10 Top Myths about Good Nutrition

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How’s your nutrition savvy? Take this short quiz to find out. (True or False)

FALSE 1. Bread, cereal, rice and pasta raise your insulin levels and cause you to gain weight.
FALSE 2. French fries don’t count when it comes to eating vegetables for health.
FALSE 3. Avocadoes are too high in fat to be good for you.
FALSE 4. If I don’t like fruit, I can’t eat healthy.
FALSE 5. The only reason to drink milk is for the calcium it contains.
FALSE 6. Fatty fish contains too many calories.
FALSE 7. All the hype about soy foods is just that – hype.
FALSE 8. Nuts are fattening.
FALSE 9. Butter is an absolute no-no when it comes to healthy eating.
FALSE 10. Eating a little sugar causes you to want more.

On the surface, all of these statements are false. But there are some kernels of truth that may be important to understand, to help you make choices for staying fit. Let’s look at each statement individually.

1. Bread, cereal, rice and pasta raise your insulin levels and cause you to gain weight. (FALSE)

The advice that grain-based foods are off-limits if you want to manage your weight ranks among the most misguided advice floating around these days…and one of the most guaranteed to throw you off track in achieving health and fitness goals. True, eating carbohydrate-rich foods like bread, cereal, rice and pasta causes your body to release insulin. That’s good! You need insulin to convert carbohydrate – the body’s basic source of fuel – to energy. It’s not the insulin that’s the problem – it’s eating more energy (otherwise known as calories) than you need – regardless whether they come from protein, fat or carbohydrate. Check out our FitBriefing “Push Protein, Cut Carbs?” to learn more.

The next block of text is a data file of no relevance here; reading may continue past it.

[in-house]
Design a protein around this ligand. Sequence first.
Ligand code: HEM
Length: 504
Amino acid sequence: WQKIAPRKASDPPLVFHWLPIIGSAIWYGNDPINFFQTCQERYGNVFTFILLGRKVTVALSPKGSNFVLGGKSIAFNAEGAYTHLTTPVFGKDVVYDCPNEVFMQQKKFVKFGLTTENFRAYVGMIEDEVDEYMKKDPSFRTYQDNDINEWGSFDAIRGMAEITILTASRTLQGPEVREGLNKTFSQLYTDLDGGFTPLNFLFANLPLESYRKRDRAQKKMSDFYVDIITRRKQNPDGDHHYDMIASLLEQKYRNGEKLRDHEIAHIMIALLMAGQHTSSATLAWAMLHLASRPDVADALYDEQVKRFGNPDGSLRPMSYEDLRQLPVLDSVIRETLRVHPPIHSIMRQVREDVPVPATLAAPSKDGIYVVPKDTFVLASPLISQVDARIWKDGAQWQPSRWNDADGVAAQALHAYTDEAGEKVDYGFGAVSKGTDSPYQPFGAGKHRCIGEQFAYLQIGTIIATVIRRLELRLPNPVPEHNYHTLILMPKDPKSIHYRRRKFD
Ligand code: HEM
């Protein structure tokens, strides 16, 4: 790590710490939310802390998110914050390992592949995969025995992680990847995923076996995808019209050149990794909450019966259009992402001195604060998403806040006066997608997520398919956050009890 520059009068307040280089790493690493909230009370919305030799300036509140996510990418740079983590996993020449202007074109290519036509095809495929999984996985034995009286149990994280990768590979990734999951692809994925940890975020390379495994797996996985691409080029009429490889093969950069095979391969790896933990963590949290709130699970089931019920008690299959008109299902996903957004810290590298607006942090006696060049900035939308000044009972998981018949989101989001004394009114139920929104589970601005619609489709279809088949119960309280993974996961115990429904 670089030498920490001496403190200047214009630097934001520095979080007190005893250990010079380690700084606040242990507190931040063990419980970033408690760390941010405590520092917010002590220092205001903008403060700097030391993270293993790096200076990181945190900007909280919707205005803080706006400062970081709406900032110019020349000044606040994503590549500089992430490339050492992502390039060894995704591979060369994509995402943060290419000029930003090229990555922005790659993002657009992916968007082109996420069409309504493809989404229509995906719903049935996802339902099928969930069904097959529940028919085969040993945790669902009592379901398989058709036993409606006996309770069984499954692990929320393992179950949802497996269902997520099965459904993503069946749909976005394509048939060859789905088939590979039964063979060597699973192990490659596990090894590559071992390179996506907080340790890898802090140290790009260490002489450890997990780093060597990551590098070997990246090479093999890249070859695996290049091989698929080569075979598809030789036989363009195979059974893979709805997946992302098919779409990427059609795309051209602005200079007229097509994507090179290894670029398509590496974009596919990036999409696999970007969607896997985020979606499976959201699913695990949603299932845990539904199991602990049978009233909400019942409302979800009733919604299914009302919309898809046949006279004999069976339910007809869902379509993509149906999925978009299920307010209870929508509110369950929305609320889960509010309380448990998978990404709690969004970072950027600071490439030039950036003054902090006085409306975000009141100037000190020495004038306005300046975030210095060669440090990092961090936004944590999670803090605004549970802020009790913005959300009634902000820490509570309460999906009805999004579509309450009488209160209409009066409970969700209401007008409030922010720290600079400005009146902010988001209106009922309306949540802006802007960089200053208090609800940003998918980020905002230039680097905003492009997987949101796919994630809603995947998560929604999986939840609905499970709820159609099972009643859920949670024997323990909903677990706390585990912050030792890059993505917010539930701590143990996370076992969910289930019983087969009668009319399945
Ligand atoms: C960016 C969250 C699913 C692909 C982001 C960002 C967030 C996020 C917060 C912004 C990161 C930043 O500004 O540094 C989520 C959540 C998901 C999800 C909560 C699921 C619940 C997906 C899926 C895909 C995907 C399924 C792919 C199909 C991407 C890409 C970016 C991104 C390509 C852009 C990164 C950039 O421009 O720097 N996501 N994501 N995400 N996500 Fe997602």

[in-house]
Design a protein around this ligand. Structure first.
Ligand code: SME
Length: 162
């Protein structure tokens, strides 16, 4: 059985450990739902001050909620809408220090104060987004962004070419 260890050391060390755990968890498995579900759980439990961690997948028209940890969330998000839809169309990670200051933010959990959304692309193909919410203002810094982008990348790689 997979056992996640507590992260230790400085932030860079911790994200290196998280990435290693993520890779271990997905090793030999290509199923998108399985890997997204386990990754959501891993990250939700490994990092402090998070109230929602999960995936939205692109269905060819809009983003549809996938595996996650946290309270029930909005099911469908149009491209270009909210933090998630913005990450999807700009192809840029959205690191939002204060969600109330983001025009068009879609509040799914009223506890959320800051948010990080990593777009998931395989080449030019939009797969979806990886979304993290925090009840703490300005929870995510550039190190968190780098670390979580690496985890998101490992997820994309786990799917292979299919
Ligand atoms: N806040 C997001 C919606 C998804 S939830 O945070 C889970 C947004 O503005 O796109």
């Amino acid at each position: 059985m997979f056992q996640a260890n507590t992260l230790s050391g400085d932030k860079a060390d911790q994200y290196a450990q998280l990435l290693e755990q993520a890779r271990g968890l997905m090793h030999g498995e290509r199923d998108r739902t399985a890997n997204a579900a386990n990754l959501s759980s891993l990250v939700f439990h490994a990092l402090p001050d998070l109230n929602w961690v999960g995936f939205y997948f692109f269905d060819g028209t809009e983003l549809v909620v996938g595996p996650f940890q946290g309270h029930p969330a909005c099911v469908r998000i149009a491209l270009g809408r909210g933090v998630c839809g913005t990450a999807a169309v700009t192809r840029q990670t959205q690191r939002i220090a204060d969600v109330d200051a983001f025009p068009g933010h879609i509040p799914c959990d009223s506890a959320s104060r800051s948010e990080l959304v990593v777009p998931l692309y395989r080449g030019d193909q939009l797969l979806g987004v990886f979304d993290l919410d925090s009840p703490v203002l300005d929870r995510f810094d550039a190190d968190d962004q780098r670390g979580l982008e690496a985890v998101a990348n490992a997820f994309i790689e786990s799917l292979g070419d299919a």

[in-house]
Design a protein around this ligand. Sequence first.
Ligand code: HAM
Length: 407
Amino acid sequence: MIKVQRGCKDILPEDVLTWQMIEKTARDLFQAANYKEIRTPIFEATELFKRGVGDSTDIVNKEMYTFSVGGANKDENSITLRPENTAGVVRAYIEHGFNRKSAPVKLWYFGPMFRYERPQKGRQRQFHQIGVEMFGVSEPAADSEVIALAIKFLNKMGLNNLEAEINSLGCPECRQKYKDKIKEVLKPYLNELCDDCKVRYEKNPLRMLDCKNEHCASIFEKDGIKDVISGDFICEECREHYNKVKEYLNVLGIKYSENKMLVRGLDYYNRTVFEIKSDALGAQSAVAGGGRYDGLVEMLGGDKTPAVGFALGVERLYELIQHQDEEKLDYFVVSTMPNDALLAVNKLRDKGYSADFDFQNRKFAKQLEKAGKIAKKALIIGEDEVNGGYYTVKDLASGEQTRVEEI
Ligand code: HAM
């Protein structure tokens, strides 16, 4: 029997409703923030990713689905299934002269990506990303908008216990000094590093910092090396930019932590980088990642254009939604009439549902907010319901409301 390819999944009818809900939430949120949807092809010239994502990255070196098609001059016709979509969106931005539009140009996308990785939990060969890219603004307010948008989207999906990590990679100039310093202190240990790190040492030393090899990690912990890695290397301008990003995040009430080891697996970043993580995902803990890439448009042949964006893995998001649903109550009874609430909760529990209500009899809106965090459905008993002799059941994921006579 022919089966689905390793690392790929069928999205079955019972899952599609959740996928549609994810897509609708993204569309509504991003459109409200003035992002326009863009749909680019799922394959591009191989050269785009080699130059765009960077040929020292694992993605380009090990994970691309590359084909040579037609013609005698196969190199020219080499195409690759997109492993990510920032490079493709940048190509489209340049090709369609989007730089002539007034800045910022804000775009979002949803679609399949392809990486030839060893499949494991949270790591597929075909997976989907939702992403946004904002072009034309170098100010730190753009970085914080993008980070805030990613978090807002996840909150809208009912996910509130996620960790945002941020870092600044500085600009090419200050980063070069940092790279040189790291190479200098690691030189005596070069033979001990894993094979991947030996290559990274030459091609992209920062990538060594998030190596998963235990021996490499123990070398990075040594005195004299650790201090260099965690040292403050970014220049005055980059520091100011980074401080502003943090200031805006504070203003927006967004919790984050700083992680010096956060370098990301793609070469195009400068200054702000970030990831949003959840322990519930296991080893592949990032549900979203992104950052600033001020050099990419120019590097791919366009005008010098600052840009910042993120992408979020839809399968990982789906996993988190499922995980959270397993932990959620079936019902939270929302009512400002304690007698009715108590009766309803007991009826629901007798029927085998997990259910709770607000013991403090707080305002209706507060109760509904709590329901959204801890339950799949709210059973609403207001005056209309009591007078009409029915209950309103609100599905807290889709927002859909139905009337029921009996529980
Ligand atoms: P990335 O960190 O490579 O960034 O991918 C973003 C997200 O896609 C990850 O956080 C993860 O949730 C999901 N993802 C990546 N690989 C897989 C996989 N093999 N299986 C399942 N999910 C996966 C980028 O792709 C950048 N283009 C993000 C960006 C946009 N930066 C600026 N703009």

Bottom line: For healthy weight management, eat when you’re hungry, stop when you’re satisfied and move your body regularly. A healthy eating plan based on grains, especially whole grains, can help you feel more satisfied so you don’t eat more than you need

2. French fries don’t count when it comes to eating vegetables for health. (FALSE)

It’s true that French fries account for the majority of vegetables that Americans eat. And that’s where the problem lies. If enjoyed too frequently, their higher-fat content can contribute to overeating. And remember, variety is the first principle of healthy eating. If your past experience with vegetables leaves you less than excited, it may help to realize that a little fat can go a long way towards making them a real taste delight. Compare these two dishes: Fresh spinach lightly sautéed in olive oil, fresh garlic, salt and pepper vs. fresh spinach steamed and sprinkled with lemon juice. Our guess is that most of us would enjoy the first dish best – and therefore eat it more often!

Bottom line: Enjoy French fries occasionally if you like them, but be adventurous! Expand your vegetable horizons to find other taste treats that also spell good health.

3. Avocadoes are too high in fat to be good for you. (FALSE)